Aaron Howe, Group Creative Director at POSSIBLE, believes opportunities were missed during the 2018 Big Game
Before the game began, I was curious as to how the most political Super Bowl in recent memory would be handled by advertisers. The game made political by politicians. The continuing to unfold concussion conspiracy. A match-up featuring one of the most controversial quarterbacks of all time vs. a team best known before two weeks ago for its terrible fans and dog fighting (but mostly for the awful fans). Then there’s the halftime show with Justin Timberlake who, last time he was at the Big Game, played his part in flashing Janet Jackson’s Jacksons to the world.
How were advertisers going to handle this? Would anybody address anything or just go big or just go along like there’s nothing to see?
A whole lot of tone-deaf self-congratulating faux-social commentary from Toyota, Budweiser, Ram, T-Mobile and more. Toyota - show me how you’re helping disabled people with your Toyotas. Not with your profits. Budweiser, don’t spent millions on a spot about donating a $100k of water. DONATE THE MILLIONS. I promise the PR will follow. T-Mobile - listen to the lyrics of the music you choose. And if you tout change be change. Ram using Dr. King’s words… I don’t even know where to start. You’re better than this!
At the end of the game, clothes soap and an in-home wiretap ad crushed it. Tide was on a media buying/production/creative all out rampage. Serious props to everyone involved. Amazon Alexa rode writing, acting and directing to make something memorable. Both went big. Both took risks (Bezos as on-screen talent? Very bold). And both paid off.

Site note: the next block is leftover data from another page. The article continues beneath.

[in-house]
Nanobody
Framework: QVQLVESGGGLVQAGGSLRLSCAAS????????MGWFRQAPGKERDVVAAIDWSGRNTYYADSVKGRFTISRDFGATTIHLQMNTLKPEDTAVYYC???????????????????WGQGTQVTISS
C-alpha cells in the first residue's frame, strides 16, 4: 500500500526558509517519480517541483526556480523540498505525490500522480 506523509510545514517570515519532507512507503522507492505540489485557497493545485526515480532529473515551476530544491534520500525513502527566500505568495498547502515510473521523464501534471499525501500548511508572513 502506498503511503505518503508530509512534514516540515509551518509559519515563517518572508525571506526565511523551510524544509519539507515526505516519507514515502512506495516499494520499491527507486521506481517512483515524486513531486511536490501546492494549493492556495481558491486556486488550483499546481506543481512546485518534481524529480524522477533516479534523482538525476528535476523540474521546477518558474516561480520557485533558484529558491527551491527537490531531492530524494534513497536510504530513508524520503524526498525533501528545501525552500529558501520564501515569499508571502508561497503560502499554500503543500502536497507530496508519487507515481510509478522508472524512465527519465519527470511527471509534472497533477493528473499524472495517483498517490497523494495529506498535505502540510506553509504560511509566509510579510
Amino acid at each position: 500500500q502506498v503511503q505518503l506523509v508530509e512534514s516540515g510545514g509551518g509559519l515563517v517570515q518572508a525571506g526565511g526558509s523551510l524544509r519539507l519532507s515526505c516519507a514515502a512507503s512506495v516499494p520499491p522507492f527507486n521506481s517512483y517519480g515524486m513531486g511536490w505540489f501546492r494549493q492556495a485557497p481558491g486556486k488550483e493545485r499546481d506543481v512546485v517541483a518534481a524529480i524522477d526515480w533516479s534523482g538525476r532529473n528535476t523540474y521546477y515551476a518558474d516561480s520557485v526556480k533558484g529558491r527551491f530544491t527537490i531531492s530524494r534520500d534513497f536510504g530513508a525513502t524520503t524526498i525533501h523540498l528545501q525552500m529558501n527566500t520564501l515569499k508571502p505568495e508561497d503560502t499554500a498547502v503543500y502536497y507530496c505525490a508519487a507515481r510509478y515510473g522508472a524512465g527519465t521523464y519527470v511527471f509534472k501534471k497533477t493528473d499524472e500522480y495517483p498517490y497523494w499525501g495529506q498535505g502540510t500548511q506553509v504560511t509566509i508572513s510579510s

It’s the ironic thing about advertising on the Super Bowl. It’s brands biggest stage, but it’s also a chance for them to do something out of character and get away with it as long as it makes people feel good. It’s like a brand hall pass. The equity a brand can develop with an audience can pay off for years. Like a German car company showing a kid walking around his house vs. the typical car running footage – when was the last time VW ran a spot during the Super Bowl? But, too often brands just do more of the same. Or same + and figure the stage will make the spot great. And just like the game it was very clear who wanted it more and who was willing to risk it to win it…. A laundry detergent company.
As the David Harbour glow wanes ever so slightly, I do feel like an opportunity was missed. An opportunity for a brand to make a major statement about women in entertainment (or the workplace at large). Go with an all-female cast, or crew, or team, or all of the above. And run five spots pro-women pro-equality pro-being2018 goddamnit. Or just one great one. Use it as a reset and move forward as a better company. Because the stage at the Super Bowl provides this opportunity to do something unexpected that can have a lasting (and meaningful) effect on a brand. Fingers-crossed for next year.
Aaron Howe is a Group Creative Director at POSSIBLE